(tree ganked from The Field Museum Library)
Sometimes when I tell people that First Second is an imprint of Macmillan USA, I get blank looks — and that's about the time that I remember that not everyone spends all of their time decoding publishing family trees (that's right! That tree at the top of the page? It's a metaphor).
So there are some publishers that are publishers, right? Like Oni Press — pretty much everything they do (edit, market, and design books, but also permissions, subsidiary rights, some sales, etc.) is done by people they have in house. And all their books are published as Oni Press books.
But then you've got larger publishers, like Harper Collins. They publish a whole lot of books — and many of them are markedly different from each other in audience age, subject, tone, format, presentation, etc. (Here's a list of Harper imprints, fyi.) So instead of just being like, 'well, all the books we're publishing are by Harper anyways, we'll just give everyone editing things for us one single person to be editorial director in charge of them all,' they said, 'hey, probably the people who want to spend all their time editing bibles will have something different going on than the people who are editing romance novels. Maybe we should make those two different sub-companies!' And they did — Harper Bibles and Avon (I'll leave to you guess which is which.)
Another reason to make a distinction like this is the history. Big companies frequently acquire smaller companies. But the reason that they've acquired the smaller company isn't just that they want to work with people on the staff, or the authors — it's the ideology. So keeping that infrastructure in place within the smaller company maintains the sensibility that was initially attractive to them.
So if you look at the structure of a large publishing company, it really does end up looking a whole lot like the tree up top — companies and sub-companies all around.
That's what an imprint is — one of the smaller companies that's under the umbrella of a larger one.
Practically, what does this mean for First Second?
We're part of one of the large NY publishing companies called Macmillan. There are a number of other companies that are part of them, too — like Tor, St. Martin's, FSG, Henry Holt, Scientific American, Palgrave, Picador, Nature, etc. etc. etc. Macmillan is responsible for:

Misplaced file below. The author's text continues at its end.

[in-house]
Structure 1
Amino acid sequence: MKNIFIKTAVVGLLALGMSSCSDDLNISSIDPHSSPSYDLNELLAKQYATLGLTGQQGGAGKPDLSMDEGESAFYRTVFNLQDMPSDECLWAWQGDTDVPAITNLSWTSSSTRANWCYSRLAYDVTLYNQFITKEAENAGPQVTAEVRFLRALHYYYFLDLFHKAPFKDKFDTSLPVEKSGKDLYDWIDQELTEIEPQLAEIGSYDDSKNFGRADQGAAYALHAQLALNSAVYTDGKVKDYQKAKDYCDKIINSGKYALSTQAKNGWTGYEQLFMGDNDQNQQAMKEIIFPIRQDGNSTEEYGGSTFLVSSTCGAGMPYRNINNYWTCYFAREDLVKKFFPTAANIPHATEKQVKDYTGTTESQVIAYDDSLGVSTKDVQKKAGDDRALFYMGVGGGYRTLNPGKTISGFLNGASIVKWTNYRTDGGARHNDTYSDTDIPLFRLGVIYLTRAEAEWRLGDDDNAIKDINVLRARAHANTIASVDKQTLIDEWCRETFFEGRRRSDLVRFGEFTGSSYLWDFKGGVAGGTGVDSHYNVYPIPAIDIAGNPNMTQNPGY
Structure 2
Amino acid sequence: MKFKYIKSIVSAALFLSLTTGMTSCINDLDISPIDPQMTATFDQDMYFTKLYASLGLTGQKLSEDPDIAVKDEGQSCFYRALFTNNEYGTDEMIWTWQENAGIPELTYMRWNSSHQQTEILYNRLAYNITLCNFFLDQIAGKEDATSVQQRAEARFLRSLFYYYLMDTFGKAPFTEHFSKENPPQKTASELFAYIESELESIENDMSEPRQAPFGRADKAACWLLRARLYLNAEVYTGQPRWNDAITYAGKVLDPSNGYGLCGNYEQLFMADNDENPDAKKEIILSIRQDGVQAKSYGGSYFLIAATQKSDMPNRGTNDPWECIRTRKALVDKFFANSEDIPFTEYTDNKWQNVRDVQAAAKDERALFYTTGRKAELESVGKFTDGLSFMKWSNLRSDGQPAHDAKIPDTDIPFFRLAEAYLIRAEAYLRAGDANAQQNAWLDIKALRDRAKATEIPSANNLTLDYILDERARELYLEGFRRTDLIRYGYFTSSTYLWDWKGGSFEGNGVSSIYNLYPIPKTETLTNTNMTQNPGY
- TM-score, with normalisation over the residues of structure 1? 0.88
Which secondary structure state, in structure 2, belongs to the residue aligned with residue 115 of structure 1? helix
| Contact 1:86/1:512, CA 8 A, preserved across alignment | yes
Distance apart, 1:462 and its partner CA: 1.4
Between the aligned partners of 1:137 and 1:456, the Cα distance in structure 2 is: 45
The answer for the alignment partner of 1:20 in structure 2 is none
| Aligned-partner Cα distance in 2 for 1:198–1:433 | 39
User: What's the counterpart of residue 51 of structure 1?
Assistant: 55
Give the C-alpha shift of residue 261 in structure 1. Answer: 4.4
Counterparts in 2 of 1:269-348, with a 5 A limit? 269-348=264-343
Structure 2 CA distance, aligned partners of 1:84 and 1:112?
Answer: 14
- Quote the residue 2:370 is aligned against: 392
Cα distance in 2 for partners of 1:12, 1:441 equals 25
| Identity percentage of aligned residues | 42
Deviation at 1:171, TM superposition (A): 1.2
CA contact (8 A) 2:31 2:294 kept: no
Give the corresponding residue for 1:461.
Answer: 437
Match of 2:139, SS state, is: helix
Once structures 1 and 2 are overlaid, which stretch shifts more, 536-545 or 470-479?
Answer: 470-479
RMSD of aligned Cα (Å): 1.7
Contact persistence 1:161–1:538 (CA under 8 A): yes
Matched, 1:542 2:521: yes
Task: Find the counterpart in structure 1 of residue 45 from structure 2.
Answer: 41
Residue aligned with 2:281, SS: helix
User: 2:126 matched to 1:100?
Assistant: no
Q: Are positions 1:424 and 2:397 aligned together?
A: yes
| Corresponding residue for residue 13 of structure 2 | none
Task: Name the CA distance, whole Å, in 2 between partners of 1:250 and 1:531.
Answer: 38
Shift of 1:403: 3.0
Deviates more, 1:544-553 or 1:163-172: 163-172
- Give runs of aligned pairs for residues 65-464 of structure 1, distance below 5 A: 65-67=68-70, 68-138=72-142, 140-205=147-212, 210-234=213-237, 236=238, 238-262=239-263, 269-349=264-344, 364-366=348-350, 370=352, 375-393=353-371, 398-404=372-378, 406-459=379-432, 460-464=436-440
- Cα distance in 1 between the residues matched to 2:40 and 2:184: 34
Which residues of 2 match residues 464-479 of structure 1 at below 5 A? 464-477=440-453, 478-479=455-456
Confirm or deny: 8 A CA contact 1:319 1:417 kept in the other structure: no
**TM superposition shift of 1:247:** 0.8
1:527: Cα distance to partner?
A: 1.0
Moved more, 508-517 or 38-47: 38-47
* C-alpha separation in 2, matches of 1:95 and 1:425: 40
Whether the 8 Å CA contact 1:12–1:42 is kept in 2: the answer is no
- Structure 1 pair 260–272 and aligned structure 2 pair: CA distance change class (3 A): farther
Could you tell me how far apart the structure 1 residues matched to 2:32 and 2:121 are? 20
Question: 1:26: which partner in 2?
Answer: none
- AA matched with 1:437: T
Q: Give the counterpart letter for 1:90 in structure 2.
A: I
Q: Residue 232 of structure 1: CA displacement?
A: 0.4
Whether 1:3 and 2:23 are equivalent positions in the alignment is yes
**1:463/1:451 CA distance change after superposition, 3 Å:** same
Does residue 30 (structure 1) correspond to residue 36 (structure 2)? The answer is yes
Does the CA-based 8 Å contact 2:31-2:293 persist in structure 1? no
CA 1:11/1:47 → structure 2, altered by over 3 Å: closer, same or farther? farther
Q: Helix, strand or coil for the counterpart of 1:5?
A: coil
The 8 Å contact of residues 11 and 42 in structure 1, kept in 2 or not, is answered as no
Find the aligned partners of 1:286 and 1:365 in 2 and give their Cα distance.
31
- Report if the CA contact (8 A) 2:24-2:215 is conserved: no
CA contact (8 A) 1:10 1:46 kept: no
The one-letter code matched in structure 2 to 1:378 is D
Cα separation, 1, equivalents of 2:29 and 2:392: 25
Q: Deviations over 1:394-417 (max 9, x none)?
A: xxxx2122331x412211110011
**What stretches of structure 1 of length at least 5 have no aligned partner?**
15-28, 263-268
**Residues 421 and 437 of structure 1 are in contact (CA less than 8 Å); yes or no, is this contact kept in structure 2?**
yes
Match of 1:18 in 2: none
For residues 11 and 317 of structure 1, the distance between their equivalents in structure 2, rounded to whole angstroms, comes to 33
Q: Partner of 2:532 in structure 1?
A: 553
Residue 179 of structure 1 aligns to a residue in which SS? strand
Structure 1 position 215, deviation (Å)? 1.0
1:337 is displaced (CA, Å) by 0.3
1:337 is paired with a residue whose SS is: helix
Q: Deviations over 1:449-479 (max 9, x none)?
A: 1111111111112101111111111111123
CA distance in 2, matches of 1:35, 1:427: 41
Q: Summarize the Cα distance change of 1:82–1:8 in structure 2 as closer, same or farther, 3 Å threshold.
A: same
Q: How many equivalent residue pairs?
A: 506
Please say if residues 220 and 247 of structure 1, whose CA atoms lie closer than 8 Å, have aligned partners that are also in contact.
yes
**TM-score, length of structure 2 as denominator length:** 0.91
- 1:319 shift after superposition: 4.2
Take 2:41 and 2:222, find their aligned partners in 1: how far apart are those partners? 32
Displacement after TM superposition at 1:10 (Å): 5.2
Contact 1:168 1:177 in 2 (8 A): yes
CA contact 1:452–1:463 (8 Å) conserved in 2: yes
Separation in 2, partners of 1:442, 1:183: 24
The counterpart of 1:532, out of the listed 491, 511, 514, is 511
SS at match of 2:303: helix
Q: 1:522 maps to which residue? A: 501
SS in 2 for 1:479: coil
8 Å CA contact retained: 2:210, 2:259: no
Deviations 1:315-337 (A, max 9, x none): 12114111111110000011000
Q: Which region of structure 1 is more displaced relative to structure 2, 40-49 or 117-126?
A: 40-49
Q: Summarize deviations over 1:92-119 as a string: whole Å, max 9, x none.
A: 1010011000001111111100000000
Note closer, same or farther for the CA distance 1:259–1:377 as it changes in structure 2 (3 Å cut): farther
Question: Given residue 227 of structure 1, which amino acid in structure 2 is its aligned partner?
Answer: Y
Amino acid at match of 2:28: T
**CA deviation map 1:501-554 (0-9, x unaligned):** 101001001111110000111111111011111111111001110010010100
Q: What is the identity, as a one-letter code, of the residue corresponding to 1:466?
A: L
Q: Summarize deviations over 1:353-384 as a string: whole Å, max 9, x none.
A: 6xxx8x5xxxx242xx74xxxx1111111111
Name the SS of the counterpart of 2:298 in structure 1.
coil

The rent on our building. We work in the flatiron building; it's entirely populated by Macmillan staff. No one at First Second is responsible for paying the rent every month, making the lights go on, making sure there's toilet paper in the bathrooms, etc. That's all handled centrally.
Mail! We've got a mailroom in the building, and our mail guy comes by three times a day to pick up any mail I've got to send out straight from my desk. This is a godsend. Think about doing a 200-copy book mailing and then having to drag it to the post office. In New York City. And I don't have a car.
(Also our computers and our website and our tech support! Which is extremely helpful.)
More than that, Macmillan is responsible for a number of things that help us to be able to spend our time focusing on publishing books. There are people at Macmillan who handle (in consultation with us):
Permissions — dealing with people who want to use pages of our books in articles or textbooks.
Subsidiary Rights — like selling chapters of our books to magazines or anythologies, or the foreign-language rights, or the film rights.
The Budget — we've got people to: pay royalties to our authors, handle taxes on our convention sales, project how much money we'll have to acquire new books and spend on marketing in the current year, pay website or ad or book designers, pay our actual taxes every April, etc.
Contracts — once we've figured out the parameters of a book deal, our contracts people step in make sure that we've got all the appropriate legal language.
Managing Editorial — our parent company is kind enough to lend us their Managing Editor to deal with our copy-editing and to make sure books get to the right place at the right time — thanks, Jill! We couldn't do it without you.
Production — once we've figured out how we want our books to look, the production group prices out the paper and the cover we want to use, figures out the best printer for the book, and handles the whole process of liasing with them to get the book printed perfectly.
Sales — we've got in-house and out-of-house sales teams that have personal relationships with the bookstores (and other stores that sell books, like museum stores) all around the country. They're responsible for getting all of our books into those stores.
And Macmillan is also a resource if we get a crazy-awesome opportunity and we can't necessarily figure out how to make it happen on our allocated budget. If we can convince them it'll definitely pay off, they can back our crazy-awesome opportunities.
And that's what it means to be an imprint.